Exploring Themes of Counterculture In the Madmen Series
In a recent opinion editorial for Buzzfeed, Robert McElvaine explored the relationship that the countercultural movement of the 1960s and 1970s had on the culture and the ways these relationships were played out in the popular television series, Mad Men. The series revolves around the life of an American advertising executive attempting to sell things to the public during the 1950s. Over seven series, the plot gradually explores themes of hedonism, self-absorption, class prejudice, and other themes relevant to this historic and tumultuous time. In his piece, McElvaine conveys the necessity of the counter culture for the advancement of the Mad Men plot.
Don Draper, the television show’s main character, is a man who is constantly plagued by the events of the world around him. The television series does an excellent job of portraying Drapers development from a man heavily influenced by his upbringing in the 1930s and 40s to one who gradually submits to the countercultural influences present in the late 60s and 70s. Beginning as a cunning businessman with a knack for selling people on his ideas and goals, Draper gradually becomes less and less satisfied with the world’s promises of the 1950s and begins to seek inner piece and harmony through the hippie culture that was popularized in the late 60s as a direct result of the Vietname War.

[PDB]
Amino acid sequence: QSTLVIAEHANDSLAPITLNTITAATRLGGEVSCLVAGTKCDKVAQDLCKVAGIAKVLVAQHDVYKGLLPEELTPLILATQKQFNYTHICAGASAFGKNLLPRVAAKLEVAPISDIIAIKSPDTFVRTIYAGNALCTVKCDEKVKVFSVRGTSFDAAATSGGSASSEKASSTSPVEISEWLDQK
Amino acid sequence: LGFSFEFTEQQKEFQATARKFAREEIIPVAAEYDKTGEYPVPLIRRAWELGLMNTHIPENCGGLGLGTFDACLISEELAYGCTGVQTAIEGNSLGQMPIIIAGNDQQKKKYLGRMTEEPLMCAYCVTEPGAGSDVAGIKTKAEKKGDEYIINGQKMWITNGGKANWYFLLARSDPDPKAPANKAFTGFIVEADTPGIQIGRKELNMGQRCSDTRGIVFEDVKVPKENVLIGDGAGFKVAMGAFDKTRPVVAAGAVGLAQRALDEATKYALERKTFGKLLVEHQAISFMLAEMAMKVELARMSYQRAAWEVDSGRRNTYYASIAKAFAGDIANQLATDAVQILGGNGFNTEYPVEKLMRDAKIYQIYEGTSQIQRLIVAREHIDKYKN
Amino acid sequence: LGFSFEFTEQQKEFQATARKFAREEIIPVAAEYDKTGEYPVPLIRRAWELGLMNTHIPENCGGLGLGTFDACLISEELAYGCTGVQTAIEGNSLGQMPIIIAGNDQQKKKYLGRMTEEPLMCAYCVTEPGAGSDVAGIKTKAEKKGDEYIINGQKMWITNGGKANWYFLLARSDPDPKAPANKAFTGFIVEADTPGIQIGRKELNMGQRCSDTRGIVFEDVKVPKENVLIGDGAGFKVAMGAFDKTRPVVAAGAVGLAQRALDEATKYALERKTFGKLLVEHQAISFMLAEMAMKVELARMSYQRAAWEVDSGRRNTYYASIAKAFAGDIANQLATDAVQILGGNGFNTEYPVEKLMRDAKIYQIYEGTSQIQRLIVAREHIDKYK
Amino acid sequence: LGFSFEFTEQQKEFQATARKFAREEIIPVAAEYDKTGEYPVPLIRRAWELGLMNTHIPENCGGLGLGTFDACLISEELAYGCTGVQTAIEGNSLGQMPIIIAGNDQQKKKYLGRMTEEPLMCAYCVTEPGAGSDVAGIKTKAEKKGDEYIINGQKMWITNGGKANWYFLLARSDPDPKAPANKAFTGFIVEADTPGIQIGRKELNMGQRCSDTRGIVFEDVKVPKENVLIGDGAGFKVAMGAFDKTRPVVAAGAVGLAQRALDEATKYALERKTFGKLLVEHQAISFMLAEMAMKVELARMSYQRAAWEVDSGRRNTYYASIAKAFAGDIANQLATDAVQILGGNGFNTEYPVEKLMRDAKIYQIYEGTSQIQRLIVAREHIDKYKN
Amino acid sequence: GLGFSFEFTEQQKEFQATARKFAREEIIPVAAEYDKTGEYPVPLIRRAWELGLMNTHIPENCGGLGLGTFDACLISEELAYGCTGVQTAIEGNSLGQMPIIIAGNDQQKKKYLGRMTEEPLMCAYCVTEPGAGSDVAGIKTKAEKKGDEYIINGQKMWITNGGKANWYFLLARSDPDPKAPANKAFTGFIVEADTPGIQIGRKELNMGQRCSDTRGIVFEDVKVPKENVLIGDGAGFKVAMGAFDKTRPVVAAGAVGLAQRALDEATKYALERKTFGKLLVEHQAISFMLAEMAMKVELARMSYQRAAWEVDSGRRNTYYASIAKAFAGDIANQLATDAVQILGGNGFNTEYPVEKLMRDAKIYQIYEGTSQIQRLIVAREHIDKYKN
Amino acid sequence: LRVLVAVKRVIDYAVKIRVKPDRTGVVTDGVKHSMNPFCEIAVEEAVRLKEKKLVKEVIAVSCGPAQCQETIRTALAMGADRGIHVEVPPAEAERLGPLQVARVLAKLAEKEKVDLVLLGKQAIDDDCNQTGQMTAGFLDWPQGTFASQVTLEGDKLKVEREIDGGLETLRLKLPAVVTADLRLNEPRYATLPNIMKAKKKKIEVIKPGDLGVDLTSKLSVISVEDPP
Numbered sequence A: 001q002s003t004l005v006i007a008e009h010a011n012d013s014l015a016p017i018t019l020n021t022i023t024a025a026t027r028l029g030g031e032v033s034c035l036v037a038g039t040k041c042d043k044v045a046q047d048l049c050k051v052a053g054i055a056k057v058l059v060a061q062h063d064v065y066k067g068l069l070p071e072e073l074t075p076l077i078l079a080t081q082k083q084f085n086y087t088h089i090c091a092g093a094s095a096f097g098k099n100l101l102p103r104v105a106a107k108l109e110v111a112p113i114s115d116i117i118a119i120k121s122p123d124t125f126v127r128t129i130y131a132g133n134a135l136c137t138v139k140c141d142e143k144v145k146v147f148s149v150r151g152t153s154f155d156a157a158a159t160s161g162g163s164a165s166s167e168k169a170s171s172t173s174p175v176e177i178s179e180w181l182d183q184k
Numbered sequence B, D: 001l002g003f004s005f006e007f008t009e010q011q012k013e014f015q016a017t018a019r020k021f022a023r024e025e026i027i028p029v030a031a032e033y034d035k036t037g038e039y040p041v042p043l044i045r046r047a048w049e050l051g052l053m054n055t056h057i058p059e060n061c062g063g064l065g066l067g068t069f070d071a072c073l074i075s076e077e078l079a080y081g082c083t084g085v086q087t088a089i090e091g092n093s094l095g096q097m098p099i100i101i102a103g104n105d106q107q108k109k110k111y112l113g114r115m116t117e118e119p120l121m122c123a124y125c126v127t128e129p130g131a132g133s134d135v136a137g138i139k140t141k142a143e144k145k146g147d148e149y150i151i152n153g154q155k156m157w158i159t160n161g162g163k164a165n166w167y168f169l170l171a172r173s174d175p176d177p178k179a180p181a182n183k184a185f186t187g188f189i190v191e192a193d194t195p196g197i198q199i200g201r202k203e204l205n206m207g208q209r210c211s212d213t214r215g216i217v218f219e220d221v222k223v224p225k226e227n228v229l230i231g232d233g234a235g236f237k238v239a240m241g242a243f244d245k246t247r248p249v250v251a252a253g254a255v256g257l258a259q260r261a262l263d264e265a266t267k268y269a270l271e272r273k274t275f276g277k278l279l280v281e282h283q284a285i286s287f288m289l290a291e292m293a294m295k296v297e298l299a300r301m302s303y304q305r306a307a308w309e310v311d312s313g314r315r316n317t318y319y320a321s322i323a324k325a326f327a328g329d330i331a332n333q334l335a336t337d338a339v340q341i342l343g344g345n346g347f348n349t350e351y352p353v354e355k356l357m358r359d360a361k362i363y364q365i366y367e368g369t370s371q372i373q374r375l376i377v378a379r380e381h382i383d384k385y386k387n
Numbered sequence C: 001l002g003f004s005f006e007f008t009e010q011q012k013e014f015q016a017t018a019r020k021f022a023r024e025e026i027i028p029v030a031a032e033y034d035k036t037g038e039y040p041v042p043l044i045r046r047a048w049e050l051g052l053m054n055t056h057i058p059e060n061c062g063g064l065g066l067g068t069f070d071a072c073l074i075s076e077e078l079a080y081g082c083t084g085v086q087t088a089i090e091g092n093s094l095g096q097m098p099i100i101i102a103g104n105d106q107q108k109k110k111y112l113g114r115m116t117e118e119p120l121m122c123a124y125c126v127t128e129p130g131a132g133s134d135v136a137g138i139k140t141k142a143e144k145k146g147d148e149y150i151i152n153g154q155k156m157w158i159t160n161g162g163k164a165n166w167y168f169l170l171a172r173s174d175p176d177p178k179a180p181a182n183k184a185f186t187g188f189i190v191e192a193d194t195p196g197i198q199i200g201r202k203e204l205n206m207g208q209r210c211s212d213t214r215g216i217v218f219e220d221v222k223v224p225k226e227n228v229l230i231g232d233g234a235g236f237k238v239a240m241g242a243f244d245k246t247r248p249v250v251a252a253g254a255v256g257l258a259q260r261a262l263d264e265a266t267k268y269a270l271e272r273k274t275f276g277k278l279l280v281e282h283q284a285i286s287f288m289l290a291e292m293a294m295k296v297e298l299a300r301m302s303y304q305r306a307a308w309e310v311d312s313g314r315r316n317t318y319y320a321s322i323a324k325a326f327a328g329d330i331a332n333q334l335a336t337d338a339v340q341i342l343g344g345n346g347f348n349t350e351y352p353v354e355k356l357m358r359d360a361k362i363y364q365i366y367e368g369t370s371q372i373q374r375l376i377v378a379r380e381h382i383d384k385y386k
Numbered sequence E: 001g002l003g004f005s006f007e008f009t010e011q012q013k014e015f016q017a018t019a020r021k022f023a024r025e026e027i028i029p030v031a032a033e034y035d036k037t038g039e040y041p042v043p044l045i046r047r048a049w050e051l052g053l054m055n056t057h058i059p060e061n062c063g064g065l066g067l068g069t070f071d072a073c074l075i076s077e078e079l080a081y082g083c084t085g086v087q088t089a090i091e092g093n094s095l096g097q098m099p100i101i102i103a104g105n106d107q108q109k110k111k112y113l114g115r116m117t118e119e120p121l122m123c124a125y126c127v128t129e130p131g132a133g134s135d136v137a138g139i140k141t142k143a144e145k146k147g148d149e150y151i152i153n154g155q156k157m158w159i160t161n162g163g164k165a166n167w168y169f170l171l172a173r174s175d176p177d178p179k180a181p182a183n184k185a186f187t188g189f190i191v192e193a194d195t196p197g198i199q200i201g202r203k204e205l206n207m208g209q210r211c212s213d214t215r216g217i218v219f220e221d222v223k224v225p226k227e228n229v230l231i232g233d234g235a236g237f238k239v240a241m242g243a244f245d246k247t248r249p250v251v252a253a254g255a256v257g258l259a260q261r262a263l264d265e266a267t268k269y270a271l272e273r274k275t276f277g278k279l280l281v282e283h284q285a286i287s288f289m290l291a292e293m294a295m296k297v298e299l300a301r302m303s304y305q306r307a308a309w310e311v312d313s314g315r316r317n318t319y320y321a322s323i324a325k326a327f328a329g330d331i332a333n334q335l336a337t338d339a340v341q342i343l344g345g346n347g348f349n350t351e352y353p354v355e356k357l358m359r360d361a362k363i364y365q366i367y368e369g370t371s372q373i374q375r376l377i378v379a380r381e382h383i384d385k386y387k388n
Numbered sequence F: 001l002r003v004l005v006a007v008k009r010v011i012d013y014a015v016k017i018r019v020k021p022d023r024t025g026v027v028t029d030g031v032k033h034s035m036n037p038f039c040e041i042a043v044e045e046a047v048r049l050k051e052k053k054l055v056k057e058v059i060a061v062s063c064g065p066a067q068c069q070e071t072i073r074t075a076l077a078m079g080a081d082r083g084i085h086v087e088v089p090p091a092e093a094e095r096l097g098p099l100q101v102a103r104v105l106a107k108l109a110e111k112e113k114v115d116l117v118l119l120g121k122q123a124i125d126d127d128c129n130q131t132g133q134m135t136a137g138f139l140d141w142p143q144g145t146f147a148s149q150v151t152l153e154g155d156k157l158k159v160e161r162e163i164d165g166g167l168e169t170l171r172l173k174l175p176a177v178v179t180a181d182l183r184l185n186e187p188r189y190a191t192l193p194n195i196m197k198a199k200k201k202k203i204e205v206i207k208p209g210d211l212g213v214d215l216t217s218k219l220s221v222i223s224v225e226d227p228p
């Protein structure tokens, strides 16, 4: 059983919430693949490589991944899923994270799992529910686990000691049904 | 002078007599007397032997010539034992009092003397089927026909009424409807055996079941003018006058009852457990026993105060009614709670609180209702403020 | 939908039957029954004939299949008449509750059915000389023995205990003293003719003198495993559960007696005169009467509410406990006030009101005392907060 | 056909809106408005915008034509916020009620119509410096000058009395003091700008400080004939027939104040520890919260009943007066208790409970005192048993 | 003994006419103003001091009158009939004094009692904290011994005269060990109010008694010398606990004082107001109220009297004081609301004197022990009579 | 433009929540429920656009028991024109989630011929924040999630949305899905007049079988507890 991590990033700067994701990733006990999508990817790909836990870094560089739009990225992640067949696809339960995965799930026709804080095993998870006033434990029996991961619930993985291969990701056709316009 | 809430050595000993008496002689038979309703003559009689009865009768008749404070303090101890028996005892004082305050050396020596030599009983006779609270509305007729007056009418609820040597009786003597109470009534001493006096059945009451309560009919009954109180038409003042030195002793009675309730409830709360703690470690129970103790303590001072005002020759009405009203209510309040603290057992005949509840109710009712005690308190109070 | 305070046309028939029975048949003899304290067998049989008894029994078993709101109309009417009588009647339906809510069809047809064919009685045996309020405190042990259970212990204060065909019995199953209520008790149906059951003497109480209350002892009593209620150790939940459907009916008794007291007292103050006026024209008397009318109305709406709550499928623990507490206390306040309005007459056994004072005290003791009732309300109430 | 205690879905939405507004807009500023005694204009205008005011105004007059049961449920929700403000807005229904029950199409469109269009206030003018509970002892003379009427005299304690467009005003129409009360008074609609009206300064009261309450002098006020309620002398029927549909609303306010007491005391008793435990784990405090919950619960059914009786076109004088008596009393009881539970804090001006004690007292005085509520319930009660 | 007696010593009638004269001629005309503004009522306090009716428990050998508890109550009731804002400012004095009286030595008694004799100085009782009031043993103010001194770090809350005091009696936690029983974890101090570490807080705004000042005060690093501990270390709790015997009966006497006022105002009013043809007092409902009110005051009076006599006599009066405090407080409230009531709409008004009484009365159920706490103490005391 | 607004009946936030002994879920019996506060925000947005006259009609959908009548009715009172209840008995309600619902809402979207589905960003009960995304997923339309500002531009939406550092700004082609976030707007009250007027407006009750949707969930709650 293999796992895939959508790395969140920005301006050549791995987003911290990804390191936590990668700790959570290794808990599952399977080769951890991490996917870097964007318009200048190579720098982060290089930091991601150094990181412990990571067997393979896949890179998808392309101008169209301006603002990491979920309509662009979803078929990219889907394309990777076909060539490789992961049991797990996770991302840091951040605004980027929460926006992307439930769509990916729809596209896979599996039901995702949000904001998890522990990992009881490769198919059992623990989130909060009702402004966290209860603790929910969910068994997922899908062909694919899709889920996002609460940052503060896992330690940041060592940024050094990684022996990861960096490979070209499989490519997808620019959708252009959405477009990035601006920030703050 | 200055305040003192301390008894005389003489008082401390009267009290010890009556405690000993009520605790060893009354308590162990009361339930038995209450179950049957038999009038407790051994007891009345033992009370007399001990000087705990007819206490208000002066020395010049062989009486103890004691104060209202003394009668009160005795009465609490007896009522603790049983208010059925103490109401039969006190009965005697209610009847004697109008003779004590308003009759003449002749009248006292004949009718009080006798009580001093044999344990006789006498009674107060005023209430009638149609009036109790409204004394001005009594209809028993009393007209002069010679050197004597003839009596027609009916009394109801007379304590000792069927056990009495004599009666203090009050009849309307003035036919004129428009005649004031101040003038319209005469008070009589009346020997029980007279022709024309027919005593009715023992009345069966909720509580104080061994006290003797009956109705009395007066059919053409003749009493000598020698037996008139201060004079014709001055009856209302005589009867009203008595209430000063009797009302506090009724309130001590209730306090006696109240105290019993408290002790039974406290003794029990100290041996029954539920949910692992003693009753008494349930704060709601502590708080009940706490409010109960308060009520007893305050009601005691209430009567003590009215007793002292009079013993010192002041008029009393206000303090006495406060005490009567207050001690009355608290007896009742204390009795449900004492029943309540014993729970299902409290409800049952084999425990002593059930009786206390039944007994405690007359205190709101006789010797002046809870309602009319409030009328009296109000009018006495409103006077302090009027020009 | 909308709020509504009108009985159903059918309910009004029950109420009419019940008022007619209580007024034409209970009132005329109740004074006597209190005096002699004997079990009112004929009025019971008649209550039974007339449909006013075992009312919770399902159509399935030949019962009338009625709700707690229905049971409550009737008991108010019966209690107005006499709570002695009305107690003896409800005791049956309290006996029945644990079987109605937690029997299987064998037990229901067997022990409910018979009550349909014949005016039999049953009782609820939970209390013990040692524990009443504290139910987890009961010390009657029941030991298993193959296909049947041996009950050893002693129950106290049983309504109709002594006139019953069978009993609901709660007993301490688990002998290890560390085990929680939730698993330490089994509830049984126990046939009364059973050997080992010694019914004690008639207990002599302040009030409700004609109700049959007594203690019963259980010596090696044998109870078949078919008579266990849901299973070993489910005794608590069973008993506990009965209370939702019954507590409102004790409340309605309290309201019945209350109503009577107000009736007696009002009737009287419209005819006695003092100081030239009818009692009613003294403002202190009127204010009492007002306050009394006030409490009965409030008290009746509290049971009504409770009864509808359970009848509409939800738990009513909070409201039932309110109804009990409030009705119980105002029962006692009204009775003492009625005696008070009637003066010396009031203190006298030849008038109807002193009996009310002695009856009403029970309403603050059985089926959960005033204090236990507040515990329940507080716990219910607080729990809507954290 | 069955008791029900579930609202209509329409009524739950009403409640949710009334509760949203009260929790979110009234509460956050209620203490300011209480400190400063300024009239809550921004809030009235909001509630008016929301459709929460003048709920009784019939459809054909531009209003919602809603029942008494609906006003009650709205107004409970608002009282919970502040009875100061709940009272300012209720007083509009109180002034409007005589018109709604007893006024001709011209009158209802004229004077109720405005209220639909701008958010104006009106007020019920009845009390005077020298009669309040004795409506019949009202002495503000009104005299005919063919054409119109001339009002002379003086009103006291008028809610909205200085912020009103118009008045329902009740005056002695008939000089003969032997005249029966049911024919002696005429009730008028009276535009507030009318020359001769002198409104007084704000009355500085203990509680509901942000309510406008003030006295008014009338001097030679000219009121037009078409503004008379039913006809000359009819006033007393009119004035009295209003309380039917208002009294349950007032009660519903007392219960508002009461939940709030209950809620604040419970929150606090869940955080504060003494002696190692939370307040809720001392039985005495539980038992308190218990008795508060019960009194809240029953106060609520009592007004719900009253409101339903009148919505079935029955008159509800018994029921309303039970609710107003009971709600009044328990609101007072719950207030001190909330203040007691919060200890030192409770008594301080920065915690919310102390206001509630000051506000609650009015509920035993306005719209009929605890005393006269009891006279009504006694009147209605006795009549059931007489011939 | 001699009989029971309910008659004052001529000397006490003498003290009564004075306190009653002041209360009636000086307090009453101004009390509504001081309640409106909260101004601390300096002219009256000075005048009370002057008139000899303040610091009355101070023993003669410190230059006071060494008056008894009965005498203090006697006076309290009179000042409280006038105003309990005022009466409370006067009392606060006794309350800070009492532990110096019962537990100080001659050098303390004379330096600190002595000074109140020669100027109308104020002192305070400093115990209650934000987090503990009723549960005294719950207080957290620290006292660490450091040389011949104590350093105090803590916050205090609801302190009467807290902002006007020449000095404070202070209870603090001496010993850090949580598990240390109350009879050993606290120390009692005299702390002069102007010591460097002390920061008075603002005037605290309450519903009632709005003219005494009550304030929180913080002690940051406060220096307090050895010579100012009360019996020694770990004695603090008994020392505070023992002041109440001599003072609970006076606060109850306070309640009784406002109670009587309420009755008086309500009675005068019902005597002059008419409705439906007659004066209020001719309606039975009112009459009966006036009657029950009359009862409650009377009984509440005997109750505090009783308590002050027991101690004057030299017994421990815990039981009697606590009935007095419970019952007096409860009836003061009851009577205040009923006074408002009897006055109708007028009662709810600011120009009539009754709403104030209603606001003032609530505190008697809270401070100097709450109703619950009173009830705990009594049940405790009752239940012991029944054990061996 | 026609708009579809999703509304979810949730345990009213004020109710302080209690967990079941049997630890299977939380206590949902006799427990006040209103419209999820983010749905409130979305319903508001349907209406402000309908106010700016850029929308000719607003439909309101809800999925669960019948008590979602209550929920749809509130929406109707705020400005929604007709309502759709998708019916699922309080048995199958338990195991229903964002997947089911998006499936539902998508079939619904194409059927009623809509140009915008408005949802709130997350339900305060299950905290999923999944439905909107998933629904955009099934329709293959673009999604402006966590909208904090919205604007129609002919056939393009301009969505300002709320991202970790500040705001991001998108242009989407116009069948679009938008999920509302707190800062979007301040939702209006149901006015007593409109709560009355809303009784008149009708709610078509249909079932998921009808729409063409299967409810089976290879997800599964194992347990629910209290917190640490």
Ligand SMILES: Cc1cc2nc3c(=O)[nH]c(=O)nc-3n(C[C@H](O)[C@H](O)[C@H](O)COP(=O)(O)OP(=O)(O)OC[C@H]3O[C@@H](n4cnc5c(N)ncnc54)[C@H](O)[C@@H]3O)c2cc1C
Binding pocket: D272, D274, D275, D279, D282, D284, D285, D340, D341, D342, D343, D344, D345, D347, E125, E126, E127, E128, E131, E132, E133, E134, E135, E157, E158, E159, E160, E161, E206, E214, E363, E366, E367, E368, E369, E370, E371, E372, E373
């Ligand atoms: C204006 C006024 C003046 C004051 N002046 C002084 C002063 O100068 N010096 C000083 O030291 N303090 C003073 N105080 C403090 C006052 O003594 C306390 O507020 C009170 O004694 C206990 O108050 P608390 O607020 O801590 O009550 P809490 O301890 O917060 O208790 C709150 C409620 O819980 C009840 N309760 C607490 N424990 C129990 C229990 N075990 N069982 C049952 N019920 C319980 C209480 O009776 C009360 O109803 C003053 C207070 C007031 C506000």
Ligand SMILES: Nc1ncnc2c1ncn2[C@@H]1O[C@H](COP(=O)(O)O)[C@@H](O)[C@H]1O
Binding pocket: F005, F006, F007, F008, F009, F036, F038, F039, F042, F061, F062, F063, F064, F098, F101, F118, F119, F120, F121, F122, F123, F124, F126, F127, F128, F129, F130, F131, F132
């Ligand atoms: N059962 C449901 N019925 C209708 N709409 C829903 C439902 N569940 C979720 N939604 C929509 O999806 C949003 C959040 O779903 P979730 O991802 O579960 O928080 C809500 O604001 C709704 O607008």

Draper’s ultimate transformation, along with the transformations of several important characters in the Mad Men series, represents the change that occurred in a generation of Americans during the period reflected in the story. A generation of children indoctrinated in the ideals of the American dream gave birth to adults who sought to be enticed by the pleasures of the world and material possessions. After their children discovered that material possessions could not support true happiness, they sought inner piece through sexual revolutions, chemical dependencies, and a countercultural lifestyle that still has lasting effects on the American public.